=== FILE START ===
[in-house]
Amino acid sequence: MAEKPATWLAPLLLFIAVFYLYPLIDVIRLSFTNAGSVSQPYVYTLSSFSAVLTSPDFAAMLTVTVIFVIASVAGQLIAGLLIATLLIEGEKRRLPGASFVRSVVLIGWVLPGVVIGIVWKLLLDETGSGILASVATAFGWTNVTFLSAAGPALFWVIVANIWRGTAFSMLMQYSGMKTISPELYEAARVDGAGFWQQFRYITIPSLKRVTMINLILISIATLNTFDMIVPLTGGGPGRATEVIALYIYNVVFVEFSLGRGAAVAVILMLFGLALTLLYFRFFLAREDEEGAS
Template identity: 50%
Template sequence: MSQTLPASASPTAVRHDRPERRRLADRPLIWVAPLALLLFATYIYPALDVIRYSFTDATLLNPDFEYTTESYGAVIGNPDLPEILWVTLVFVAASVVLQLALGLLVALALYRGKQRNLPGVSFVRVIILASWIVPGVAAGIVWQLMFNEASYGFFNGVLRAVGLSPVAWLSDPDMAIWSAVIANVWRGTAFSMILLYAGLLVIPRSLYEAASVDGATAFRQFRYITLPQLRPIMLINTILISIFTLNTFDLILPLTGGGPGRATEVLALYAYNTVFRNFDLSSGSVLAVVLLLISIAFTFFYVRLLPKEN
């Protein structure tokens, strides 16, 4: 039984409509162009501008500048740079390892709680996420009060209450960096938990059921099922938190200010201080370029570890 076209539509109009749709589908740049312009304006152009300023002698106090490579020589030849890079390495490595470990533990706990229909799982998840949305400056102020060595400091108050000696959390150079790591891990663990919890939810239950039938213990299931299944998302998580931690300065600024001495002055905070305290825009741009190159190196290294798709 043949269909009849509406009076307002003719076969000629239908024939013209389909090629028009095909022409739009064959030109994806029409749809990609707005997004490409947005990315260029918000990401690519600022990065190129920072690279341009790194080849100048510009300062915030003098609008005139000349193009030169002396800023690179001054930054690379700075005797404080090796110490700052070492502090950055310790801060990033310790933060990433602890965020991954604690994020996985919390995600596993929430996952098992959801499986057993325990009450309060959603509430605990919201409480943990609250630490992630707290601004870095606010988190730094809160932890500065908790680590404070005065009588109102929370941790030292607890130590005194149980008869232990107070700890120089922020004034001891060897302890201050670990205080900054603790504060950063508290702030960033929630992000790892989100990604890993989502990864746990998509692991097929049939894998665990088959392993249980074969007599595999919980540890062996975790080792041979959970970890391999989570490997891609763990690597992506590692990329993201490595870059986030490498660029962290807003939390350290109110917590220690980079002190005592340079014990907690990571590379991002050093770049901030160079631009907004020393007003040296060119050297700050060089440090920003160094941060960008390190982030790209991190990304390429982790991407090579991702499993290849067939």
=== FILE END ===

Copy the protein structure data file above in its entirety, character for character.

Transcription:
[in-house]
Amino acid sequence: MAEKPATWLAPLLLFIAVFYLYPLIDVIRLSFTNAGSVSQPYVYTLSSFSAVLTSPDFAAMLTVTVIFVIASVAGQLIAGLLIATLLIEGEKRRLPGASFVRSVVLIGWVLPGVVIGIVWKLLLDETGSGILASVATAFGWTNVTFLSAAGPALFWVIVANIWRGTAFSMLMQYSGMKTISPELYEAARVDGAGFWQQFRYITIPSLKRVTMINLILISIATLNTFDMIVPLTGGGPGRATEVIALYIYNVVFVEFSLGRGAAVAVILMLFGLALTLLYFRFFLAREDEEGAS
Template identity: 50%
Template sequence: MSQTLPASASPTAVRHDRPERRRLADRPLIWVAPLALLLFATYIYPALDVIRYSFTDATLLNPDFEYTTESYGAVIGNPDLPEILWVTLVFVAASVVLQLALGLLVALALYRGKQRNLPGVSFVRVIILASWIVPGVAAGIVWQLMFNEASYGFFNGVLRAVGLSPVAWLSDPDMAIWSAVIANVWRGTAFSMILLYAGLLVIPRSLYEAASVDGATAFRQFRYITLPQLRPIMLINTILISIFTLNTFDLILPLTGGGPGRATEVLALYAYNTVFRNFDLSSGSVLAVVLLLISIAFTFFYVRLLPKEN
């Protein structure tokens, strides 16, 4: 039984409509162009501008500048740079390892709680996420009060209450960096938990059921099922938190200010201080370029570890 076209539509109009749709589908740049312009304006152009300023002698106090490579020589030849890079390495490595470990533990706990229909799982998840949305400056102020060595400091108050000696959390150079790591891990663990919890939810239950039938213990299931299944998302998580931690300065600024001495002055905070305290825009741009190159190196290294798709 043949269909009849509406009076307002003719076969000629239908024939013209389909090629028009095909022409739009064959030109994806029409749809990609707005997004490409947005990315260029918000990401690519600022990065190129920072690279341009790194080849100048510009300062915030003098609008005139000349193009030169002396800023690179001054930054690379700075005797404080090796110490700052070492502090950055310790801060990033310790933060990433602890965020991954604690994020996985919390995600596993929430996952098992959801499986057993325990009450309060959603509430605990919201409480943990609250630490992630707290601004870095606010988190730094809160932890500065908790680590404070005065009588109102929370941790030292607890130590005194149980008869232990107070700890120089922020004034001891060897302890201050670990205080900054603790504060950063508290702030960033929630992000790892989100990604890993989502990864746990998509692991097929049939894998665990088959392993249980074969007599595999919980540890062996975790080792041979959970970890391999989570490997891609763990690597992506590692990329993201490595870059986030490498660029962290807003939390350290109110917590220690980079002190005592340079014990907690990571590379991002050093770049901030160079631009907004020393007003040296060119050297700050060089440090920003160094941060960008390190982030790209991190990304390429982790991407090579991702499993290849067939």